Then I spent six months in Lebanon, leading an aid team that worked in an intensive care unit and in a spinal injuries unit. Not only did I see people die, I observed and learned of unimaginable cruelties. It was as if human character had been as destroyed as the city itself.  I, myself, was nearly executed by a crazed crowd, but that is another story. The point is, I experienced the funk of terror, and the debilitating effect of chronic fear.  Almost every night, artillery shells would explode in manifestation of apparently crazed attempts of humans trying to kill each other.

Philippines

Later, I spent six months in the Philippines, providing aid to mostly Christian people who were being selectively threatened in a Maoist revolution. At one stage we were able to provide housing for families whose children had been slaughtered when the Maoists opened their weapons on a Sunday School, knocking the children into bits, before they turned on parents working in the fields. The Maoists were making an example of those who did not provide ‘revolutionary tax’.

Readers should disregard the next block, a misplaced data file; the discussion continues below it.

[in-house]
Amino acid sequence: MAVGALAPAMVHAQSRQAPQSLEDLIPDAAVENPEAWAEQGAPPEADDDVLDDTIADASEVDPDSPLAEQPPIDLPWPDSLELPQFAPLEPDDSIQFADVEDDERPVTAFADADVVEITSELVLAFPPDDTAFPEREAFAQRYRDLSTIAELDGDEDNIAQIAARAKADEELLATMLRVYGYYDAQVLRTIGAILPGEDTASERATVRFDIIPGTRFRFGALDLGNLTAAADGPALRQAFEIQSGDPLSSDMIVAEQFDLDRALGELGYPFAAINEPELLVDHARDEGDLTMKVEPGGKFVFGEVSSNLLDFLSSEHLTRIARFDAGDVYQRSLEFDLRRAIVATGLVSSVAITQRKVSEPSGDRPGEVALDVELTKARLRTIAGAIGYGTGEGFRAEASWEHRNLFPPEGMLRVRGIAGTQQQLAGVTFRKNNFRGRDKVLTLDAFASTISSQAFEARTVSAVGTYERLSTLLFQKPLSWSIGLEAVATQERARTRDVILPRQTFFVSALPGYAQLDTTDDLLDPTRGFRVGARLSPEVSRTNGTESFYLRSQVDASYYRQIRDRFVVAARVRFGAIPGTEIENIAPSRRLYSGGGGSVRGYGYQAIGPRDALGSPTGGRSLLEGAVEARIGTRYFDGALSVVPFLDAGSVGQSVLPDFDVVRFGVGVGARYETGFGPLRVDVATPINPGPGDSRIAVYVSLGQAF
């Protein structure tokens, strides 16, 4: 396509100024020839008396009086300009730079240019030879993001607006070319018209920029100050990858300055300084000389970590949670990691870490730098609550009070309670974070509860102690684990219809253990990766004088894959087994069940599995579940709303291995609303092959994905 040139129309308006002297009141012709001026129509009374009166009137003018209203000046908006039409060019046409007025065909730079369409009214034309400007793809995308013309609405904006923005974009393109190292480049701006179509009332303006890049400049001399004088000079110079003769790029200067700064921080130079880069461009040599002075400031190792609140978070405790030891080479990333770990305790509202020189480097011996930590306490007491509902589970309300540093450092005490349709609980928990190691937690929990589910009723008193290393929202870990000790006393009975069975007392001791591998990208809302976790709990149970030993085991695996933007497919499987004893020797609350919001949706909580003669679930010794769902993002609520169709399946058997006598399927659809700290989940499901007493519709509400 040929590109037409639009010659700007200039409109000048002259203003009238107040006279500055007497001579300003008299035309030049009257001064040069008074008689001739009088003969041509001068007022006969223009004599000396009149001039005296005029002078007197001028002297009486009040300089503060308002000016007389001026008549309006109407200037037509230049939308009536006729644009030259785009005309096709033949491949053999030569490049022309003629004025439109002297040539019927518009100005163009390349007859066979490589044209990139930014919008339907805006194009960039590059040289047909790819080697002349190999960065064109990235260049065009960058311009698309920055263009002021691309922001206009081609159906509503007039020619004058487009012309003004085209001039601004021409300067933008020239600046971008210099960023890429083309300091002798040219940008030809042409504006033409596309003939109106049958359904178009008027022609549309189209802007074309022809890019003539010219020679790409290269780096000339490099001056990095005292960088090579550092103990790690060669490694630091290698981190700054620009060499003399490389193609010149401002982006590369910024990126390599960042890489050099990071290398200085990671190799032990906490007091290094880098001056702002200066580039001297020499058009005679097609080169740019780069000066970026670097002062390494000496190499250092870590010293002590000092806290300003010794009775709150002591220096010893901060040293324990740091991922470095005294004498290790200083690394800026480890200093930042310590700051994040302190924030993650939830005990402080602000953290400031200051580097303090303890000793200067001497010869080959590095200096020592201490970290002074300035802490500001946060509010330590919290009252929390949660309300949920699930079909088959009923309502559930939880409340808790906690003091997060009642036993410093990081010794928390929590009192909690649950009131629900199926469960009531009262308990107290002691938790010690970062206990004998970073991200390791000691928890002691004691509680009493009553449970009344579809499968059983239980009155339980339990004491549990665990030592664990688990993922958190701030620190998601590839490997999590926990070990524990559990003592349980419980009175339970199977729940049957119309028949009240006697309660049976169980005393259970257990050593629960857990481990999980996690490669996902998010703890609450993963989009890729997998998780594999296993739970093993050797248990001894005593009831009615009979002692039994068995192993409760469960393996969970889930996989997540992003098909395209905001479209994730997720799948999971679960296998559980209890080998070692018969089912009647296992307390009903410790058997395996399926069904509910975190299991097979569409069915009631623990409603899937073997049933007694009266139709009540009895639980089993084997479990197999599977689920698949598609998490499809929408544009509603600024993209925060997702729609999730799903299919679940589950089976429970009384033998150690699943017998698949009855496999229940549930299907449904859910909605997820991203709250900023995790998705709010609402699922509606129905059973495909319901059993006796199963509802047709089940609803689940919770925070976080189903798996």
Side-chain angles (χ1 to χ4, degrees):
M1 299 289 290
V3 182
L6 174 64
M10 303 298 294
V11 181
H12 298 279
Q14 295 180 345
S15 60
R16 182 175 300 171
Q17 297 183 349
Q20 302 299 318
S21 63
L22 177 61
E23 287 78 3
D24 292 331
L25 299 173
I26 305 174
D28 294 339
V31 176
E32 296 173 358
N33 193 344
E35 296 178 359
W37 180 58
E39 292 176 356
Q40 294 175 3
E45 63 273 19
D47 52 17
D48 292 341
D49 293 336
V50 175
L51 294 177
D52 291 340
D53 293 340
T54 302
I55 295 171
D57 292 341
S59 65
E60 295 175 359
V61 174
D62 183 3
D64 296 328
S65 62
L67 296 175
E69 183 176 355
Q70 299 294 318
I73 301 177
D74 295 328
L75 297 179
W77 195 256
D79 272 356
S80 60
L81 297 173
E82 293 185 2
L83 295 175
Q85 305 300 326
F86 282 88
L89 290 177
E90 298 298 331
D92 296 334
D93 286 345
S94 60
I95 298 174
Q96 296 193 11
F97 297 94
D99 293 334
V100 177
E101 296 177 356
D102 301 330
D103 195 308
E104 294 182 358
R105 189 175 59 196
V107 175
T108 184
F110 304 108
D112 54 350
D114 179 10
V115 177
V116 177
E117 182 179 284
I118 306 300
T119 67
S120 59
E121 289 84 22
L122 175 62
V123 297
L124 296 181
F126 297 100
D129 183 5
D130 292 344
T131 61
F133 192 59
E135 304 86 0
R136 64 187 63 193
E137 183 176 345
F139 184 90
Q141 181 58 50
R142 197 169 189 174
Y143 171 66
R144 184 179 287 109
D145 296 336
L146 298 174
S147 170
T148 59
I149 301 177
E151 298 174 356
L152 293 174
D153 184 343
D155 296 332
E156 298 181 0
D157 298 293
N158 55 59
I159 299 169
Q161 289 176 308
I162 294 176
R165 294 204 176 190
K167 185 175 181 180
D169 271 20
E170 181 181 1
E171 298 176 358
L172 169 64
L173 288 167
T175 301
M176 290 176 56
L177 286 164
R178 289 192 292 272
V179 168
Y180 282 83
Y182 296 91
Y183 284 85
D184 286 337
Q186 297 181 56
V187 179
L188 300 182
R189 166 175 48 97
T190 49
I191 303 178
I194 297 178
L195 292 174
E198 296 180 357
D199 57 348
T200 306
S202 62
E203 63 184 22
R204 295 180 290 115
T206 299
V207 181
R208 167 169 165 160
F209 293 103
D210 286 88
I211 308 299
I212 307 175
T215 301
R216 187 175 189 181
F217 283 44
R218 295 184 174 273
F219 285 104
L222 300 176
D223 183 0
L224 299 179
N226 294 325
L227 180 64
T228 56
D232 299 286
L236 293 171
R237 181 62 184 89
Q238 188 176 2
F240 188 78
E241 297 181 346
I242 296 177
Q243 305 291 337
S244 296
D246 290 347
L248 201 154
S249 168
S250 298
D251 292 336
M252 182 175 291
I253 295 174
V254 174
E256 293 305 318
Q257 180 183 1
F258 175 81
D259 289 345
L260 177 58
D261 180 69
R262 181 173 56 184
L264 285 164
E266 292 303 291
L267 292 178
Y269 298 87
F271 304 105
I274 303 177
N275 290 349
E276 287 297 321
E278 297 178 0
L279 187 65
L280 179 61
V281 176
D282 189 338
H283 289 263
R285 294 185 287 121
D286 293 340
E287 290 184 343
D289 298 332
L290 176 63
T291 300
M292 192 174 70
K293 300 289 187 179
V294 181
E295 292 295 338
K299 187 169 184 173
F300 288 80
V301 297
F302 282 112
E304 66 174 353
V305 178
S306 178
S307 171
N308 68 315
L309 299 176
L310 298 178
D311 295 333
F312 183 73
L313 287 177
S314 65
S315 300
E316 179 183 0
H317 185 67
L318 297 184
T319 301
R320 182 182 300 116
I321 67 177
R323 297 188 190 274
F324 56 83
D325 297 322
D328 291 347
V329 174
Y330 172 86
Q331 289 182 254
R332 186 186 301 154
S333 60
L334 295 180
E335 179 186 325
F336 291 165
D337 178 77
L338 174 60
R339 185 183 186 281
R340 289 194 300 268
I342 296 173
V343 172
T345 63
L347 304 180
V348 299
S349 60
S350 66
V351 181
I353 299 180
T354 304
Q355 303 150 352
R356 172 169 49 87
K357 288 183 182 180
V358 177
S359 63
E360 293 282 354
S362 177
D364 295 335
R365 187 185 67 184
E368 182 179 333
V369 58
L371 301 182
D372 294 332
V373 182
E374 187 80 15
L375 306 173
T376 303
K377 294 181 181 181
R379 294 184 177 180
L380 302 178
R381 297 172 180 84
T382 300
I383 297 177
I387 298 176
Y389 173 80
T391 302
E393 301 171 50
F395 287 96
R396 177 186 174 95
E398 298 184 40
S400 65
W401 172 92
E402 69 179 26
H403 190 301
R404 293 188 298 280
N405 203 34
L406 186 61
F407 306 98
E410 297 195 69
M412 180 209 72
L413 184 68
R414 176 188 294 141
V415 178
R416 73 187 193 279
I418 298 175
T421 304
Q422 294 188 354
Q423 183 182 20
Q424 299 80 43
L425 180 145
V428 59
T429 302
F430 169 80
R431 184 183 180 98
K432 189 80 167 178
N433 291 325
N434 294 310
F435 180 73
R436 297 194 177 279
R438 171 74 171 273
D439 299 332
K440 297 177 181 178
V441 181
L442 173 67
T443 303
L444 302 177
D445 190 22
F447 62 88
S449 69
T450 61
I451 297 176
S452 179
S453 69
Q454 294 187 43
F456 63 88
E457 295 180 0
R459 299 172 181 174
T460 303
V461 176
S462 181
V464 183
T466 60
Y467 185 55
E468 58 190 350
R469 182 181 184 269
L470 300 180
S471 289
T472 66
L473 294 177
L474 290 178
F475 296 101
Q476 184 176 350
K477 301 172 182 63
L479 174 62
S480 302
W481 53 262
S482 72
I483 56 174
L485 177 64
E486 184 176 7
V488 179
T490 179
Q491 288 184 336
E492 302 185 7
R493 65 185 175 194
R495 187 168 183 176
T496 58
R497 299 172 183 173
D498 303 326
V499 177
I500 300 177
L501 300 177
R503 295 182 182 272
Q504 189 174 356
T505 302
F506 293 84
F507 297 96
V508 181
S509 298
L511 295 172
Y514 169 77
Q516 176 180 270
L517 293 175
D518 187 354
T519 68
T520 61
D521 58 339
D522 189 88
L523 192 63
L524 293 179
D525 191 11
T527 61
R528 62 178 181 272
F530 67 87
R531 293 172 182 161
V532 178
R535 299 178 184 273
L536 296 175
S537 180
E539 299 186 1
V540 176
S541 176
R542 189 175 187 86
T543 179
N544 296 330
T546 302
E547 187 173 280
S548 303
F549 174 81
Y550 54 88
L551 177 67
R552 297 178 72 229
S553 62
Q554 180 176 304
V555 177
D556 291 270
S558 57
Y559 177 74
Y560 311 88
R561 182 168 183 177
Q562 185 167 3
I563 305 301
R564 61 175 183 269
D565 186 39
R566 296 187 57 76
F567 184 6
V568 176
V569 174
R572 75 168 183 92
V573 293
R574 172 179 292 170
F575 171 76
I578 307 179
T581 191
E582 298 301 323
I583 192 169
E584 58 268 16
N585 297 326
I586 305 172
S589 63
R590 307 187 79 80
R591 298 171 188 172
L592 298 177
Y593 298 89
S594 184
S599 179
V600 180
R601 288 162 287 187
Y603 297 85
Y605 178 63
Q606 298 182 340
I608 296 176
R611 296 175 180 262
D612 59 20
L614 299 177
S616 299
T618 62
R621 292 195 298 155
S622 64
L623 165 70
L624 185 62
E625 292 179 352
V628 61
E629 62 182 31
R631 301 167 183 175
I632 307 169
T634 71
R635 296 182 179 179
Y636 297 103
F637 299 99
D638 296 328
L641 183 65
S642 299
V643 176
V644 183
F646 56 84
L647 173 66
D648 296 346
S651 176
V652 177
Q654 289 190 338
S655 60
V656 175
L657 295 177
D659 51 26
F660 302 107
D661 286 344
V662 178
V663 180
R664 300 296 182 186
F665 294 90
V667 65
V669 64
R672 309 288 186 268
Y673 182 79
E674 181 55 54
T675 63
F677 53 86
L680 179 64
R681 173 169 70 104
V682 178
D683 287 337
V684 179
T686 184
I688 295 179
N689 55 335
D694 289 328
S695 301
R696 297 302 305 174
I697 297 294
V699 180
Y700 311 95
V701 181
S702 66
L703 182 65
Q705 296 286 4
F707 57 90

At another stage, I was able to interview four captured Maoist executioners, and listen to their emotionless recall of how they had murdered what appeared to be hundreds of their opponents. They would make a chicken squawk in the middle of the night, and then shoot its owner when he got up to check on his brood. Or, in a dreadful purge in their own party, they would torture for ‘confessions’, make the victim dig his or her own grave and dispatch them with a broad knife in the neck. 

Sri Lanka

I spent another six months in Sri Lanka, during a lull in their civil war, training doctors on one side in how to look after sick and wounded children. Again, I observed the psychological and physical traumas on the civilian populations of both sides. And the lonely suffering of a young man, just a boy, in a wheelchair deep in the jungle…the result of a bullet in his spine.

Cruelty can become a way of life

In these experiences, I observed a dark side of human nature which, when released, may show no pity or mercy, or any kind of softness, even to children. Cruelty can become a way of life. Moreover, it can be justified by ideology. For some, there is purpose in the infliction of terror. It becomes not merely a weapon of war but transcends into an act of creation.